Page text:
The law aims at alleviating the consequences of the Corona pandemic for citizens who, among other things, earn considerably lower incomes through job losses, short-time work or childcare and who are therefore often no longer able to cover their running costs such as rent, loans and other maintenance costs. However, it is also intended to help micro-enterprises (companies with fewer than 10 employees or an annual balance sheet total of less than EUR 2 million) confronted with considerable losses in turnover due to the corona pandemic.


The law not only provides relief for tenency/lease contracts and loan obligations, but also for a large number of other so-called permanent debt relationships (i.e. contracts under which the individual is obliged to make monthly recurring payments), from which payment obligations arise.
However, it should be noted that payment obligations arising from the contractual relationships do not cease to apply!
All measures described below are subject to one key condition: the consumer or micro-enterprise is particularly affected by the effects of the COVID pandemic. The debtors have to prove that they are particularly affected by the protective measures initiated by the authorities or the resulting economic consequences such as loss of jobs, short-time work, childcare, lack of orders, cancellations etc.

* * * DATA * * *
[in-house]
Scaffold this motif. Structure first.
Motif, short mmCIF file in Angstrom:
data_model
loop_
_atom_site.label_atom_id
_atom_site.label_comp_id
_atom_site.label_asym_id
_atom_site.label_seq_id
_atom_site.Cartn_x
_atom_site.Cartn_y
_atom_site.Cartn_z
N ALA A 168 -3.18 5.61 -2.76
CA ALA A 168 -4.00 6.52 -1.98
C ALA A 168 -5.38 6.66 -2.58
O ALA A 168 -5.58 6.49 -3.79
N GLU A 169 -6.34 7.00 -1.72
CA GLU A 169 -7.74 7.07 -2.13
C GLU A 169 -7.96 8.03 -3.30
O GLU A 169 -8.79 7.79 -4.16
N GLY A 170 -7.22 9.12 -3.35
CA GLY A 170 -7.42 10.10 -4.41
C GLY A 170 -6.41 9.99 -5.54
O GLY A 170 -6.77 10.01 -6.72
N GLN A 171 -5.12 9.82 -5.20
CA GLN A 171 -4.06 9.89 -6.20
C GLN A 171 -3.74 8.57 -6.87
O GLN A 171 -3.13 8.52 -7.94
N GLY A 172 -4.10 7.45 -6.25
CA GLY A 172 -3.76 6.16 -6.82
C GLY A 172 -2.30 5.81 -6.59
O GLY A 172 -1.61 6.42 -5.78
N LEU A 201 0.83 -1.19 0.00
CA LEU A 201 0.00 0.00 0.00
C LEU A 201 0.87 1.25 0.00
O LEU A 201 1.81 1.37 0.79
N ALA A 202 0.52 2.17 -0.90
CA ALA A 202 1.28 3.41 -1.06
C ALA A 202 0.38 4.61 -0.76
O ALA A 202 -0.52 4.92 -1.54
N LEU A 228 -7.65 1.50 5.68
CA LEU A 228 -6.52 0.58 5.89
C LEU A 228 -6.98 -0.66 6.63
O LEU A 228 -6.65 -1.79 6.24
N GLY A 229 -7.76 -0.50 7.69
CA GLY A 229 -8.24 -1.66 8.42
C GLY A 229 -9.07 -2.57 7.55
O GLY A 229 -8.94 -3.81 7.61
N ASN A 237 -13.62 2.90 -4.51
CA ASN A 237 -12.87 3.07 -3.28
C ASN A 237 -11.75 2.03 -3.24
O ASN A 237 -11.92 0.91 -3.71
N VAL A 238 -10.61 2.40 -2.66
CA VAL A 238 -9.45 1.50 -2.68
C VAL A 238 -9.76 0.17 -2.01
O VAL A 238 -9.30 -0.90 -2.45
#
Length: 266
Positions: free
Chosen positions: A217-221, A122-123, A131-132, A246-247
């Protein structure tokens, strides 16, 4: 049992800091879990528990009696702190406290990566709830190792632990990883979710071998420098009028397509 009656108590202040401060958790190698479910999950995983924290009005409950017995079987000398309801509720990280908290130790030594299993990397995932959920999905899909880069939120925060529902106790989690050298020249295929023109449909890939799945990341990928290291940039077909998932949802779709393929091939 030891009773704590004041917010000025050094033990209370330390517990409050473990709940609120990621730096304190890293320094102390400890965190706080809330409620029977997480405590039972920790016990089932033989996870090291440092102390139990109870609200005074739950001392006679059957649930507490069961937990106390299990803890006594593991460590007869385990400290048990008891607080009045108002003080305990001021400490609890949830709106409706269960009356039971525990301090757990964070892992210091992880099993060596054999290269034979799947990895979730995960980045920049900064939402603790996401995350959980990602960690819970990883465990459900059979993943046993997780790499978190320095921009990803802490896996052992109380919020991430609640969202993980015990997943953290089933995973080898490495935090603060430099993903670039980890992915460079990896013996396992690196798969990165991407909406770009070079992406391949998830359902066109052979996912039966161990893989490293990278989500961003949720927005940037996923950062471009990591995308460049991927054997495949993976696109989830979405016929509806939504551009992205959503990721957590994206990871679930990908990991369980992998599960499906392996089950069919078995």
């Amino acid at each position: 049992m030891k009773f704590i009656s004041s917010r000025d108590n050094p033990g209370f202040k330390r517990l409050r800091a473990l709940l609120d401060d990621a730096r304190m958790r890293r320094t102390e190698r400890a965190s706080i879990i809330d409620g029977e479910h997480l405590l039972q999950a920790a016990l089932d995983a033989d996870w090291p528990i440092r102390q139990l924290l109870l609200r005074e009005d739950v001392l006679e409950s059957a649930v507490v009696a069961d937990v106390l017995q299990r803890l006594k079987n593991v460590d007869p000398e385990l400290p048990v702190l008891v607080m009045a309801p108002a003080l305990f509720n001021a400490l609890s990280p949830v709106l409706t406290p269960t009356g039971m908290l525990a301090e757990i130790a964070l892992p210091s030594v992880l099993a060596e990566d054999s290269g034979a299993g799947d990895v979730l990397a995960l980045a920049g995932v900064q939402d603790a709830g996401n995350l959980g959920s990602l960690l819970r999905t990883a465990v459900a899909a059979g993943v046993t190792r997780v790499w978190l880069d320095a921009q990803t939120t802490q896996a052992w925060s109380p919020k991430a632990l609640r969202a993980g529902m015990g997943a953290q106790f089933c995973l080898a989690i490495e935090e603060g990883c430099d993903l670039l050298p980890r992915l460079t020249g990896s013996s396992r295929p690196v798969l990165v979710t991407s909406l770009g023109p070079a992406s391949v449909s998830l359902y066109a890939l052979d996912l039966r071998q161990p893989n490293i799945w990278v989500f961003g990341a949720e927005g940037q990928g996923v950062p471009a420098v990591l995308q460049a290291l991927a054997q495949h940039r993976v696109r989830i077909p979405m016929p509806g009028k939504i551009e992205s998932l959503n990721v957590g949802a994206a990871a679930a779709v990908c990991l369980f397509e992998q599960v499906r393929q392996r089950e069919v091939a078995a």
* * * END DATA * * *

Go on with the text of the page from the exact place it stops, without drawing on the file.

Continuing obligations

With regard to continuing obligations, Article 5 of the Act, amending Article 240 of the Introductory Act to the Civil Code, stipulates that the consumer who is party to a contract with a continuing obligation in the field of basic public services (e.g. electricity, water, gas and telecommunications), may refuse due payments until 30 June 2020 on the condition that the contract was concluded before 8 March 2020 and he is not in a position to provide for payment without jeopardising his reasonable livelihood or those of his relatives due to the Corona pandemic.
The microentrepreneurs, on the other hand, have a far-reaching right to refuse fulfilment of their contractual obligations. Until 30 June 2020, they can refuse fulfilment of their contractual obligations for all essential contracts that are necessary for the appropriate continuation of their business operations, including leasing, insurance and beer supply contracts.


However, this temporary right to refuse fulfilment may not be exercised if this is unacceptable for the creditor and would endanger his economic basis. In that case, however, the consumer or the microentrepreneur is entitled to terminate the contractual relationship prematurely in order to free himself from those payment obligations he is unable to meet.
However, the right to refuse fulfilment of contractual obligations does not apply to tenancy/leasing relationships, employment and loan agreements.

 

Tenancy / lease agreements

With regard to tenancy / lease agreements, the following special rules apply: